Posted By James J. Periconi, Esq. on April 23, 2009
An intermediate state appeals court, the Appellate Division of State Supreme Court, Third Department (upstate) recently allowed a suit to go forward against GE for injury caused by soil vapor intrusion (SVI) where the contamination that was the source of the SVI was discovered 25 years ago.
In Aiken v. General Electric Co., No. 505023, __N.Y.S.2d__ (3d Dep’t Dec. 4, 2008), groundwater contamination from defendant GE’s property was discovered in 1983 migrating onto neighboring sites, including the plaintiffs’ property. Some neighboring homeowners (but not the plaintiffs in this action because they were on municipal water) claimed that defendant contaminated their drinking water wells and sued for property damage. That suit was subsequently settled. Twelve years later, however, the neighboring properties (this time, including the plaintiffs) tested positive for soil vapor from the contaminated groundwater. The plaintiffs initiated this suit for property damage due to the soil vapor. GE moved for summary judgment arguing that the three-year statute of limitation ran from the time the plaintiffs discovered the groundwater contamination, in 1983.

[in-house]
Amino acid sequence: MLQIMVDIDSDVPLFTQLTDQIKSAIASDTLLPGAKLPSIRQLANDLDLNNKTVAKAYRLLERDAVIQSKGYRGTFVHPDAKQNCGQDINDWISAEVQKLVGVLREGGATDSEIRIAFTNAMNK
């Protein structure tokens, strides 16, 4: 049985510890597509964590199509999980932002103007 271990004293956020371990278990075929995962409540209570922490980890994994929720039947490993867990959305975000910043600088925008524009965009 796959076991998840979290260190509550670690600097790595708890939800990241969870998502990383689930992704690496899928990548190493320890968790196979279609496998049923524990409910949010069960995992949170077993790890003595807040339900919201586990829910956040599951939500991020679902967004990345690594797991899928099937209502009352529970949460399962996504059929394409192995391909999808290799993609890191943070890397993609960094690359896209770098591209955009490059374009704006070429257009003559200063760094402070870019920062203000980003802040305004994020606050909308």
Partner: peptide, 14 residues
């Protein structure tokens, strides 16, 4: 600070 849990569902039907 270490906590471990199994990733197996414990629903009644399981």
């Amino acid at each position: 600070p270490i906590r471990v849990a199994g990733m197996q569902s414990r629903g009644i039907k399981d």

It is undisputed that the correct statute of limitation is the discovery rule found in CPLR 214-c. This issue is when plaintiffs should have reasonably been aware of the presence of soil vapor contamination and the threat it presented to their properties.
Affirming the decision of the lower court, the Third Department ultimately held that the SVI was not discovered until 2005 when plaintiffs’ property was tested and, applying the discovery rule of CPLR 214-c, the suit was timely. In making its decision, the court noted that plaintiffs “were repeatedly assured by defendant, as well as DEC, that there was no immediate health problem from contaminated ground water and that there was no risk to residents of the Village from exposure to contaminates [sic] in the soil or in the air in homes located above the contaminated ground water plume.” The court is saying that, although plaintiffs had to have known of the contamination since 1983, they could not have reasonably discovered the injuries they now claim as a result of the SVI until much later.